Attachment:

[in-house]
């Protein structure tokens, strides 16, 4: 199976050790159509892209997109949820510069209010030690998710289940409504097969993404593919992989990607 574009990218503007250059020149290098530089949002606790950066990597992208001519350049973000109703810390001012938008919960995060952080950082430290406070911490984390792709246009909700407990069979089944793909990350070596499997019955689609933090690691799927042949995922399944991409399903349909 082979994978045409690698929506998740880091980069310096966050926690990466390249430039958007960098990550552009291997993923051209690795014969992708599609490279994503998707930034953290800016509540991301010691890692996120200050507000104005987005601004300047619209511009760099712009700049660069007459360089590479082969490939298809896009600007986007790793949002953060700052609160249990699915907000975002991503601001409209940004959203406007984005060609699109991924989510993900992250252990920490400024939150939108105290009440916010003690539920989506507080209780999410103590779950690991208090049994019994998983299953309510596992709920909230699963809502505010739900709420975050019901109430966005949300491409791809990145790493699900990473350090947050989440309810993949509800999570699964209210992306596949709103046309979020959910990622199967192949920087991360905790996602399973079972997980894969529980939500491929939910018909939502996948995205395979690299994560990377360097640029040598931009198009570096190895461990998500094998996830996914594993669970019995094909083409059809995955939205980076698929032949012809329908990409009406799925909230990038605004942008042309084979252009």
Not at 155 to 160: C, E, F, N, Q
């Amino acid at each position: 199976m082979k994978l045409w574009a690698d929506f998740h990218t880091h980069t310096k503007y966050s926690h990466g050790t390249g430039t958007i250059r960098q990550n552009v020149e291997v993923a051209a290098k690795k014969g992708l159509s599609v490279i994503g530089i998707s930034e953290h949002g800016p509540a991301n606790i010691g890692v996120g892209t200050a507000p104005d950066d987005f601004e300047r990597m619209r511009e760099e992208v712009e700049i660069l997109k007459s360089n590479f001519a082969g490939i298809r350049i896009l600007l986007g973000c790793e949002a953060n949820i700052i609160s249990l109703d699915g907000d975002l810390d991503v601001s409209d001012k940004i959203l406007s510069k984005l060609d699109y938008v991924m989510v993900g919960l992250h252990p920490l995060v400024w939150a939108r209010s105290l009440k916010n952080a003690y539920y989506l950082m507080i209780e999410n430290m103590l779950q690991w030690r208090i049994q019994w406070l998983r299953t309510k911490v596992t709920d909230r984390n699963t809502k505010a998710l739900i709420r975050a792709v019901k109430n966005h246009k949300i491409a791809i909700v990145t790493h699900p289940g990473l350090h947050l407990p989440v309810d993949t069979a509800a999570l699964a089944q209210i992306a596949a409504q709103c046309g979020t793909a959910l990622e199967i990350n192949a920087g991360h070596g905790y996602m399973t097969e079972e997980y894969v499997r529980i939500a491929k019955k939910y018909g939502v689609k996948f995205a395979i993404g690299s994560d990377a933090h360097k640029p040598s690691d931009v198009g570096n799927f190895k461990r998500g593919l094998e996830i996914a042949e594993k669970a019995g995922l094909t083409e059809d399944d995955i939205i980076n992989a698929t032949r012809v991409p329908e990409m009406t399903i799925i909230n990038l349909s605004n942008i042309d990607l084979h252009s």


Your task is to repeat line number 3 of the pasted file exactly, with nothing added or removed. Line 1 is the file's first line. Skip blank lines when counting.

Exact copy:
Not at 155 to 160: C, E, F, N, Q